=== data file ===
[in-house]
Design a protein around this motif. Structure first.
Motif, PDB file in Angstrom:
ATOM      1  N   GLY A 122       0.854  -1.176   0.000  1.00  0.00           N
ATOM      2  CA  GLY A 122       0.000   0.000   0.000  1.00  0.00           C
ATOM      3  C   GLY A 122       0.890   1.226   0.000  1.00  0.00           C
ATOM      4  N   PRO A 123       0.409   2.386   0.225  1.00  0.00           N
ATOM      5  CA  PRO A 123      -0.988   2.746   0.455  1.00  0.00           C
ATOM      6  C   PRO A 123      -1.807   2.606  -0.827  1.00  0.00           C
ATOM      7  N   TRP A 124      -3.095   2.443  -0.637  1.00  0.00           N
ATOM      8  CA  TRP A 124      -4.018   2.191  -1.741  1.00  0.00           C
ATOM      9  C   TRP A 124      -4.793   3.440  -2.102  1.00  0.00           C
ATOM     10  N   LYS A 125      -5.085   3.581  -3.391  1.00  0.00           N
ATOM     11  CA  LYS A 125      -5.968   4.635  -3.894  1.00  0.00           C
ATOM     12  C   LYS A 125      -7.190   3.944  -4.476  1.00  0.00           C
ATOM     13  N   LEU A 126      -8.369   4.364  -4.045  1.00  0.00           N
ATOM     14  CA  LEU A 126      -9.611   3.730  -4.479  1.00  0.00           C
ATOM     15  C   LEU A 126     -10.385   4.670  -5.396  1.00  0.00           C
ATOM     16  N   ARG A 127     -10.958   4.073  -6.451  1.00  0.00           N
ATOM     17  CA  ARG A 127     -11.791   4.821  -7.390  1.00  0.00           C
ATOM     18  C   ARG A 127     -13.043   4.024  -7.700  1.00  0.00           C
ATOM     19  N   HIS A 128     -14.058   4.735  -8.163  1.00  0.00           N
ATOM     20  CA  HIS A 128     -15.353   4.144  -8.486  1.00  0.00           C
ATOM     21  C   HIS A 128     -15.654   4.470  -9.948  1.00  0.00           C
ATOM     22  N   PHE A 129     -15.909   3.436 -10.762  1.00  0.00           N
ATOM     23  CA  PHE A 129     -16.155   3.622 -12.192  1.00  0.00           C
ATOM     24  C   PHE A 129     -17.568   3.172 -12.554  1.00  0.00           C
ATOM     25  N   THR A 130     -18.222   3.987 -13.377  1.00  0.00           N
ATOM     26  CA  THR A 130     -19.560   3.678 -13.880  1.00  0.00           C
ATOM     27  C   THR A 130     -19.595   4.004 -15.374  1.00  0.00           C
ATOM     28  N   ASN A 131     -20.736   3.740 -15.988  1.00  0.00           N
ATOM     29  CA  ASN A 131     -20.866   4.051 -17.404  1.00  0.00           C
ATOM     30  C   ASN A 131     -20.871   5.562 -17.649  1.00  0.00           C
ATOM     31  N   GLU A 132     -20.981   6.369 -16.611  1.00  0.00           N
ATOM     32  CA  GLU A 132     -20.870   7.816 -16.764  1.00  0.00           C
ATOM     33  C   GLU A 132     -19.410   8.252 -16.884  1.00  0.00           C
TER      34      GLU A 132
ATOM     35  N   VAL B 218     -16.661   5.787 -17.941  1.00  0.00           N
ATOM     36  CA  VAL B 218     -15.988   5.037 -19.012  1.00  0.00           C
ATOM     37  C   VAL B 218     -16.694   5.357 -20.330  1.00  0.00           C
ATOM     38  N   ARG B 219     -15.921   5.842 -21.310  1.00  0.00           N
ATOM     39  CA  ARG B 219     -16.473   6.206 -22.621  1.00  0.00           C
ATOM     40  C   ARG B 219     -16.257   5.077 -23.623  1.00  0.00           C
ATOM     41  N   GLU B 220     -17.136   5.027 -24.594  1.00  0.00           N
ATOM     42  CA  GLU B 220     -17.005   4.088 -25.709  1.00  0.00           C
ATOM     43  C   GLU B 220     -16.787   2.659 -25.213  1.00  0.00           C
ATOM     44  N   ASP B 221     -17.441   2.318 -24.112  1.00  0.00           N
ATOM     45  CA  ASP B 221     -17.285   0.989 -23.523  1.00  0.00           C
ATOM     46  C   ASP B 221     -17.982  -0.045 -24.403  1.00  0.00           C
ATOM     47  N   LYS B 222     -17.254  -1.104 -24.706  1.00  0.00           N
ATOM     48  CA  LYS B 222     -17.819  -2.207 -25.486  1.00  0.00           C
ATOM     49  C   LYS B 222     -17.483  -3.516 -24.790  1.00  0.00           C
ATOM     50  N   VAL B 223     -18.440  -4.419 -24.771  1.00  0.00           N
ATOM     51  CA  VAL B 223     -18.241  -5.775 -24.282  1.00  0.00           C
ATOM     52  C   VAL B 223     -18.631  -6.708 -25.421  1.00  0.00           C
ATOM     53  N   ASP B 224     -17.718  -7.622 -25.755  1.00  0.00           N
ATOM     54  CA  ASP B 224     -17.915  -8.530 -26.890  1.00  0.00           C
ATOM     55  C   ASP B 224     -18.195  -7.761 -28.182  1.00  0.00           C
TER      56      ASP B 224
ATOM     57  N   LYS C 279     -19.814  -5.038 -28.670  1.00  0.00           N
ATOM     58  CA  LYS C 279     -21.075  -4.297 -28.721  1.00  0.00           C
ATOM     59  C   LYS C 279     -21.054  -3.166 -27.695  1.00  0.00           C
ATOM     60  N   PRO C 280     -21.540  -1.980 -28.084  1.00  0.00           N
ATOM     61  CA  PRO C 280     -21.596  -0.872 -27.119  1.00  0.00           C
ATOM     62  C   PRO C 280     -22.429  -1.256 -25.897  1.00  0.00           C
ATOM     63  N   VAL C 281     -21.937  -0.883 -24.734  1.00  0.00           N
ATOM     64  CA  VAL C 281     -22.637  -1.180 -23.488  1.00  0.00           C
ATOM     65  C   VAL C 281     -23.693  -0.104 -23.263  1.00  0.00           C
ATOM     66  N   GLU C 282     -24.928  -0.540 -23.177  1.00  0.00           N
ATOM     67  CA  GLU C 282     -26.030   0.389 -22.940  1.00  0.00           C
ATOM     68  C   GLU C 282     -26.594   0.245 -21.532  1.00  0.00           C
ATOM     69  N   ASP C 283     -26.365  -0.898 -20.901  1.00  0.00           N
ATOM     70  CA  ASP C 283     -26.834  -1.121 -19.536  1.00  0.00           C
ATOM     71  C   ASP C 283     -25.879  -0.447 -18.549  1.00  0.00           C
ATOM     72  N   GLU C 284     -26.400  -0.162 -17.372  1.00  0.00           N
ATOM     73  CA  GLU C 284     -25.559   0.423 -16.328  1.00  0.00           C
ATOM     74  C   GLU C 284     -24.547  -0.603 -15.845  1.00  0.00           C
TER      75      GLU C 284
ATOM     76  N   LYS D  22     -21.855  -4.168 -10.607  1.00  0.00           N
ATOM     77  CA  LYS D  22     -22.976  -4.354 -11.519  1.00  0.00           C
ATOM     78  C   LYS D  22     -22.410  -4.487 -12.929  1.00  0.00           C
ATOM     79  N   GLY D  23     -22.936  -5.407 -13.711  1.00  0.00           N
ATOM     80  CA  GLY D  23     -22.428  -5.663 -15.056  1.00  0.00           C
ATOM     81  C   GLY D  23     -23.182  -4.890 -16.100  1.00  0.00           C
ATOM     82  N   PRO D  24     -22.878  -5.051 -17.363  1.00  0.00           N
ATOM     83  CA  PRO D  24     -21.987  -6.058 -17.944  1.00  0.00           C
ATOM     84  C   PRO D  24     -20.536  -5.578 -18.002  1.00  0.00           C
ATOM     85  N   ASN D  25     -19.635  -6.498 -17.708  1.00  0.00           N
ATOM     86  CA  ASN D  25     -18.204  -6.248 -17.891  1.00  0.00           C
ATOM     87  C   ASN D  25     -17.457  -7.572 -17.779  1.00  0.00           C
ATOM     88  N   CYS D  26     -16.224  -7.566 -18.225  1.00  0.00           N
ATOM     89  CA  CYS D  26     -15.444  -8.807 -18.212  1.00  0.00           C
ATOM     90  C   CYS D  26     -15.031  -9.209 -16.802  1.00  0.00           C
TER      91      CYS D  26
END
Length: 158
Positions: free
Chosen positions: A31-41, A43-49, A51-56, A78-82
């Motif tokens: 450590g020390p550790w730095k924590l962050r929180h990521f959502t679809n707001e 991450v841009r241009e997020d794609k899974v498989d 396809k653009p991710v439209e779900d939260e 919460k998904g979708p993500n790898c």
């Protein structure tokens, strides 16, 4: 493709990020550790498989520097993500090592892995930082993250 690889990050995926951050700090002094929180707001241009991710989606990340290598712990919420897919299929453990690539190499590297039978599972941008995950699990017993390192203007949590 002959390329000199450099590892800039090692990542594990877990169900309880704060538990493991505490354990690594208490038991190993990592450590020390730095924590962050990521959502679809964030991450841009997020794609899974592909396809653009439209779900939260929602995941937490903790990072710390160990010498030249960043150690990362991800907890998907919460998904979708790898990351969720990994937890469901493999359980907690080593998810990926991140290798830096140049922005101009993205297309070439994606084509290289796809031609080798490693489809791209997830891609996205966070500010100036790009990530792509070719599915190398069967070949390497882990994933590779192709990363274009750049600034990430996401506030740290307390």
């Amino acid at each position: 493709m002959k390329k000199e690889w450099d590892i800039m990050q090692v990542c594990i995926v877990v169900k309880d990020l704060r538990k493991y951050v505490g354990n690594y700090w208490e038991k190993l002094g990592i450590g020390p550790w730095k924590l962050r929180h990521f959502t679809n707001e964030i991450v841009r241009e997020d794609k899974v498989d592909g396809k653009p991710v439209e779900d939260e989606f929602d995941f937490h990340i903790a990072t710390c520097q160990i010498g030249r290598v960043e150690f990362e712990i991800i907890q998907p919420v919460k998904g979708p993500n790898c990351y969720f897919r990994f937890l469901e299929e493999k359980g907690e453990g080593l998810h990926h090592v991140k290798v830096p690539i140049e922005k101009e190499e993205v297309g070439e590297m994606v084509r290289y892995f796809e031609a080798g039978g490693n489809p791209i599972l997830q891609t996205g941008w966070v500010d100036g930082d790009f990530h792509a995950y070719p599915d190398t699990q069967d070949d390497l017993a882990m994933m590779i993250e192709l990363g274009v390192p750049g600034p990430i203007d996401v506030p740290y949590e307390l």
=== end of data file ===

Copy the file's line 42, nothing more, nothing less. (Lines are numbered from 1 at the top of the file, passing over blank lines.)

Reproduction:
ATOM     39  CA  ARG B 219     -16.473   6.206 -22.621  1.00  0.00           C